Was the Fukushima nuclear facility, say unit 3, controllable before the tsunami and uncontrollable only after it? Or was the uncontrollability built in? The question is not just academic hairsplitting, as the owner of the unit, Tepco, as well as the Japanese authorities maintain that the reactors were and are under control both before and after the accident. Like the culture-nature distinction in the old sense (that which is made versus that which is born), the distinction between the controlled and the uncontrolled is a tricky one.



The issue of time-scale is crucial here. The potential disasters of genetic modification have been debated at length. So far, the disaster concomitant with the tomato that van Mensvoort mentions, is, however, mostly only a potentiality waiting to happen. It is, of course, possible that it never arrives. With regard to the greenhouse the potentiality is of a different order. The energy needed for widespread greenhouse farming is one of the culprits that contributes to climate change.

The two temporal categories of disasters tied with technological innovation – the suddenly striking and the slowly creeping – are for different reasons hard for modern epistemologies to fathom. The first, the sudden one, because according to design and engineering – the clever natural scientific calculations – it should never strike. According to officially commissioned estimates the core damage frequency of nuclear power plants should be one core damage incident in 20,000 reactor years (EU study in 2003) or 1 in 50,000 reactor years (US study in 2008). However, the observed core damage frequency is 1 core damage incident in every 1,309 reactor years. The second, the slowly creeping, because there is too much time to adjust and to muddy the waters with denialism. The Swedish Nobel laureate Svante Arrhenius calculated the climate effects of burning copious amounts of hydrocarbons already in the late nineteenth century. Nevertheless, climate change persists in having difficulty entering the consciousness of industrial civilizations. Like orthodox economics that likes to forget the necessary side-effects (social, ecological) of economic activity, too often the technological gaze likes to forget the catastrophes that, nevertheless, are included in the technologies, whether waiting for sudden outburst or slowly building up.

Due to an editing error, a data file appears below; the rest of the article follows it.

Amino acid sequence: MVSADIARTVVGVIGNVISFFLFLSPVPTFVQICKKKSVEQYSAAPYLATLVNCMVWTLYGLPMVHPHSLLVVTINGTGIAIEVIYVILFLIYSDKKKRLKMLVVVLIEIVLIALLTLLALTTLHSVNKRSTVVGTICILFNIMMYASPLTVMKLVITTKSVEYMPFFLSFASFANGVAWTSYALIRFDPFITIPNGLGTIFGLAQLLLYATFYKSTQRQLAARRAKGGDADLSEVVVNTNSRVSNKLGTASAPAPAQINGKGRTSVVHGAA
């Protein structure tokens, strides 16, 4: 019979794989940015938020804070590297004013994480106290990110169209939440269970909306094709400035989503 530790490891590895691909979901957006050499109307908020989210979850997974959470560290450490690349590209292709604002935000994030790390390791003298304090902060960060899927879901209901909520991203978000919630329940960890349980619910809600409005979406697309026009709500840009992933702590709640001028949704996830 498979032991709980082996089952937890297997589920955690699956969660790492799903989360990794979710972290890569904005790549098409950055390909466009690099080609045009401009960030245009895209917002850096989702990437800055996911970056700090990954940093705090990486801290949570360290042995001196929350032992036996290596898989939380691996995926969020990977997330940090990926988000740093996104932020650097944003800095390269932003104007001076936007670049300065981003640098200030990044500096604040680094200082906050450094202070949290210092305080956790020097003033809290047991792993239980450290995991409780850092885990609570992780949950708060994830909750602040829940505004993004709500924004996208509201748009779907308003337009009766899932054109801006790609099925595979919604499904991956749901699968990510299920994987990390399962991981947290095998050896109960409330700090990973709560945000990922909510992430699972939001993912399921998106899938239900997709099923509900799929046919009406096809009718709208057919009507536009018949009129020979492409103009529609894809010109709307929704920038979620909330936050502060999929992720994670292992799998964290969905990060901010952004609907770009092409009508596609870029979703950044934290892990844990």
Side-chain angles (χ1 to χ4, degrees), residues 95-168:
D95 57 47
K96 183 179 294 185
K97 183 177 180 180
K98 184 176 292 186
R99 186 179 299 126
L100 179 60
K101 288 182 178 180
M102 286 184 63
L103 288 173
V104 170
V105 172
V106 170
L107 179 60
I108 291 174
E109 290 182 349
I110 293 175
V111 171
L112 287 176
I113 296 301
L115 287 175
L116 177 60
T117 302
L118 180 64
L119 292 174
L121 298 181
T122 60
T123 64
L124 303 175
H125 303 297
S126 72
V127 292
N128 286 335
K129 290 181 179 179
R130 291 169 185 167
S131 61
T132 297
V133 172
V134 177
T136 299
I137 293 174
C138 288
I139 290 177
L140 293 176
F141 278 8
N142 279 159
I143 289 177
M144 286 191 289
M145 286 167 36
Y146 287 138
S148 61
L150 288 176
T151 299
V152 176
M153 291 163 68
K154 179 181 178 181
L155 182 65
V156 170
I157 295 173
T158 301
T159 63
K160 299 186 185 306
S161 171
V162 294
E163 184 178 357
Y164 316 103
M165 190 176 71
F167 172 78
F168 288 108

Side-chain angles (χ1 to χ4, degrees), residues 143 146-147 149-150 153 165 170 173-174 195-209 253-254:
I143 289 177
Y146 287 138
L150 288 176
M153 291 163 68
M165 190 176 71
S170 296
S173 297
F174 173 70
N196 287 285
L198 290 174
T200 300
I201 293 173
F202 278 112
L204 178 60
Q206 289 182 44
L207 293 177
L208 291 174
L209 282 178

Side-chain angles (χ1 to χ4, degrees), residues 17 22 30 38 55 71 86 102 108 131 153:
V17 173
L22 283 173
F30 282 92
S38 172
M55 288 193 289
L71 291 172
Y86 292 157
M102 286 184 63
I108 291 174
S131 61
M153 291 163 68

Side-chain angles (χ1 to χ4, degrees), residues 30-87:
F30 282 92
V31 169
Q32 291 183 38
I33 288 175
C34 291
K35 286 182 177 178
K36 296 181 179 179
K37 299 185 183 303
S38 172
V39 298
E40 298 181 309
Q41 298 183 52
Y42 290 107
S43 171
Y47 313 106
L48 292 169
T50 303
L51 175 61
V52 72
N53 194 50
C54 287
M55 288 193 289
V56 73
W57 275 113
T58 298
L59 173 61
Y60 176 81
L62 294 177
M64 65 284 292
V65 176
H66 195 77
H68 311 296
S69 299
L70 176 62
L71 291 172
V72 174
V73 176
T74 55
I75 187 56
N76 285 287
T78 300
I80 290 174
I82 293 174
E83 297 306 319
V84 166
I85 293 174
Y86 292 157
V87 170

The most characteristic, perhaps, of these forgettings concerns energy. Many commentators have lauded an independence from or even a victory over “old nature”. Ironically, the impression of independence is made possible by a unique natural endowment, namely, high quality hydrocarbons. This ironic twist gives modernity its characteristic epistemologically delusional nature. A good example is the orthodox economic axiom according to which the market will find a replacement for any commodity through the mechanism of supply and demand. Even a rudimentary material intelligence will indicate that the doctrine is possible only under circumstances of considerable surplus work, and that energy is an exception to the rule: it is not only a commodity on the market, but a condition for its existence.

Too often the technological gaze likes to forget the catastrophes that, nevertheless, are included in the technologies

One contemporary form of this foregetting is the neglect of the retro-energetic step happening right under our noses. Before peak oil, there was a lot of speculation over which energy form will take the burden of facilitating economic growth once oil production stops growing. Will it be nuclear, solar, wind, maybe some innovative form of hydrogen use? Now we know the answer: after oil comes the energy source that also preceded it, namely coal. Whether a temporary hiccup or an early indication of persistent devolution, the prominence of coal after peak oil points to another lesson on technology, one familiar to farmers and hunter-gatherers: technology also moves back, not only forwards.


Van Mensvoort’s definitive essay Real nature is not green takes as an example the Dutch experience (“In the Netherlands, every square meter of ground is a man-made landscape: original nature is nowhere to be found.”), and more specifically the Oostvaardersplassen, a Dutch artificial wilderness sanctuary, built on discarded industrial wasteland. Here the tenets of the next nature proposal meet most emblematically; there is nothing of the untouched, old nature left in Holland, and the uncontrolled, and, up to a point, autonomous wilderness of Oostvaardersplassen, is a prime example of a cultural product that has been with purpose turned loose, out of control, into next nature.

However, again the issue on control/uncontrollability hides conditions of existence that are not explicitly acknowledged. Neither the man-made landscape of Holland, in general, nor the Oostvaardersplassen, in particular, is sustainable without external energy inputs. Day to day, it needs not only human supervision and planning, but also fossil fuels to run. In a sense and up to a point, it may be autonomous, but it is also dependent on an energetic condition of existence.